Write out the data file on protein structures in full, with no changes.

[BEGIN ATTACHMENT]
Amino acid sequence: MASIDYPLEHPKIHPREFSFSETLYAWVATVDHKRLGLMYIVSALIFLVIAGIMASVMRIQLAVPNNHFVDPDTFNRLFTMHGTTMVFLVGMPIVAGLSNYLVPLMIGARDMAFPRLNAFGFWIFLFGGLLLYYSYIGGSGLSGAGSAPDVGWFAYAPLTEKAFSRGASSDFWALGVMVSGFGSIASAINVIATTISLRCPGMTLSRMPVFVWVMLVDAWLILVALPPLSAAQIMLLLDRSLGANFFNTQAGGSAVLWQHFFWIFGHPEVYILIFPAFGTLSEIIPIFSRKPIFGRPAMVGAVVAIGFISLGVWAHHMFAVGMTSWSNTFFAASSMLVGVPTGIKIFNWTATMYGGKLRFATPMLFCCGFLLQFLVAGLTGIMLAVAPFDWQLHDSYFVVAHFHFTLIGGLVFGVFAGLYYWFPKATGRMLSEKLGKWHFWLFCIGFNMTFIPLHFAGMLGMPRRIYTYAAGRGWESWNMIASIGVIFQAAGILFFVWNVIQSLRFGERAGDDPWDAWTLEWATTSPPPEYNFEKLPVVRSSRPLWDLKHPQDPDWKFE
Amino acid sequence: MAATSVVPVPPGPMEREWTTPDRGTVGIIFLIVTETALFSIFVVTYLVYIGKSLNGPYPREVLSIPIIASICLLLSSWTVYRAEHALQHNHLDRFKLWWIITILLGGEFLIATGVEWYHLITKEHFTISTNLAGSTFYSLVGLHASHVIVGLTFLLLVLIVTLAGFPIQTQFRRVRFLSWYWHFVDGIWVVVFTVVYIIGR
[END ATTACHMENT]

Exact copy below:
Amino acid sequence: MASIDYPLEHPKIHPREFSFSETLYAWVATVDHKRLGLMYIVSALIFLVIAGIMASVMRIQLAVPNNHFVDPDTFNRLFTMHGTTMVFLVGMPIVAGLSNYLVPLMIGARDMAFPRLNAFGFWIFLFGGLLLYYSYIGGSGLSGAGSAPDVGWFAYAPLTEKAFSRGASSDFWALGVMVSGFGSIASAINVIATTISLRCPGMTLSRMPVFVWVMLVDAWLILVALPPLSAAQIMLLLDRSLGANFFNTQAGGSAVLWQHFFWIFGHPEVYILIFPAFGTLSEIIPIFSRKPIFGRPAMVGAVVAIGFISLGVWAHHMFAVGMTSWSNTFFAASSMLVGVPTGIKIFNWTATMYGGKLRFATPMLFCCGFLLQFLVAGLTGIMLAVAPFDWQLHDSYFVVAHFHFTLIGGLVFGVFAGLYYWFPKATGRMLSEKLGKWHFWLFCIGFNMTFIPLHFAGMLGMPRRIYTYAAGRGWESWNMIASIGVIFQAAGILFFVWNVIQSLRFGERAGDDPWDAWTLEWATTSPPPEYNFEKLPVVRSSRPLWDLKHPQDPDWKFE
Amino acid sequence: MAATSVVPVPPGPMEREWTTPDRGTVGIIFLIVTETALFSIFVVTYLVYIGKSLNGPYPREVLSIPIIASICLLLSSWTVYRAEHALQHNHLDRFKLWWIITILLGGEFLIATGVEWYHLITKEHFTISTNLAGSTFYSLVGLHASHVIVGLTFLLLVLIVTLAGFPIQTQFRRVRFLSWYWHFVDGIWVVVFTVVYIIGR